• Quizzes will be open book, 5-8 multiple choice questions and one primary source analysis (short answer. )
  • Labs will attempt to answer a question about the past using digital tools that I will teach you how to use. The homework of labs is split into three parts: the experiment that attempts to answer the question, the consultation, that records you and another student talking about how to do the experiment, and the reflection, that asks you to consider what you learned and how well you did the experiment.
  • You will note there is no mid-term or final. One of the organizing ideas of this course is that by increasing the weekly work load slightly and making it predictable, I can help students retain information faster by avoiding cramming or big crunches for major projects.

BONUS: Bug hunt- If you find an error in any course materials that can affect learning (a broken link, an ommitted word that changes the meaning of an assignment), please email me with "bug hunt" in the subject line. I’ll give you an extra 1% on your next assignment. Reporting minor bugs, such as a misformatted web page or non-learning related spelling error, earn my thanks.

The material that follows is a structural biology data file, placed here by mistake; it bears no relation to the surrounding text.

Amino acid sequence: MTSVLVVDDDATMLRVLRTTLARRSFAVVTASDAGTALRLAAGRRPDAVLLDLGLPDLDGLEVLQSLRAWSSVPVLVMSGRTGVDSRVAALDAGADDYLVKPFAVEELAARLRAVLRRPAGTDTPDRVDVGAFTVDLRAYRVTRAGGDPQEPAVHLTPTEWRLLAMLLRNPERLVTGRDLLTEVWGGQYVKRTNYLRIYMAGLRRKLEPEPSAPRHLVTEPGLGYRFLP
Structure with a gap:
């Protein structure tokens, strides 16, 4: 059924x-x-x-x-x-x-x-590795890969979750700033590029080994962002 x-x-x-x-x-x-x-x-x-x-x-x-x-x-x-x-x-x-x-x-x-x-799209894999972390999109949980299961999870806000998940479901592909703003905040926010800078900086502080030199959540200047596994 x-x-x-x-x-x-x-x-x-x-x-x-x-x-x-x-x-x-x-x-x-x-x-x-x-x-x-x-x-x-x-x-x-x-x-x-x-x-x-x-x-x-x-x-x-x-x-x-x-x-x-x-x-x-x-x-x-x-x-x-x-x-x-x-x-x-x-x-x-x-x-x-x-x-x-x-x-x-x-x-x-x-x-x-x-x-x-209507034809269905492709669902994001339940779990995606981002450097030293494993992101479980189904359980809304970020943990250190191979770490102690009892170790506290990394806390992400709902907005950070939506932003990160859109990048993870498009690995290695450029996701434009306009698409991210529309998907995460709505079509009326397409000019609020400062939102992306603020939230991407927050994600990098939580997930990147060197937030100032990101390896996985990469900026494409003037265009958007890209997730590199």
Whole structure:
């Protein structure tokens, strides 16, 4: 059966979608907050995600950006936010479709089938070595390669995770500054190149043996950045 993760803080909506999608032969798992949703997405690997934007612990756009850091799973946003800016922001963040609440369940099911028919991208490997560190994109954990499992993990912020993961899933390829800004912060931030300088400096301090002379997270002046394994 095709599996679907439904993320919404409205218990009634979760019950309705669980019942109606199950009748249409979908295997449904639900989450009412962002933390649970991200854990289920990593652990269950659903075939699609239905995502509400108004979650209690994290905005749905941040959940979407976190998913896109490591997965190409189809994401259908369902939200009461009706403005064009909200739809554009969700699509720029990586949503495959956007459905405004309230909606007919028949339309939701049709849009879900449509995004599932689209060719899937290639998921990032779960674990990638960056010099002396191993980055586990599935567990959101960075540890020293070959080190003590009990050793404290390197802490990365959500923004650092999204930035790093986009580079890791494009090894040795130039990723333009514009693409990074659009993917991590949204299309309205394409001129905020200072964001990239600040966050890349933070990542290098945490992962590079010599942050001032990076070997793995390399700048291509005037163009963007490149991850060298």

E-Learning- What you need to knowYou must use your student email for all emails to me. Despite the digital methods of this history course, this is NOT a learn at your own pace course. The due dates for assignments are final, though I do drop your lowest two scores in each category. Online-only education allows you to learn without coming to campus, but it is in fact a more demanding form of college. Online-only students need to be a reasonably skilled keyboardists and comfortable with computer technology. If the words upload, download, intall, or "As Fatima mentioned in her post on technology. . . " are foreign to you, an online-only course might not be the course for you. I want you to succeed, which is why I want you to be honest with yourself about your abilities. Face-to-face courses let me offer real-time support and are generally easier (or so report my students).

For all my students, to succeed in this course you will need to:

  • Turn on a computer and open a browser.

  • Watch streaming video from and other websites.

  • Navigate the Normandale Library website successfully.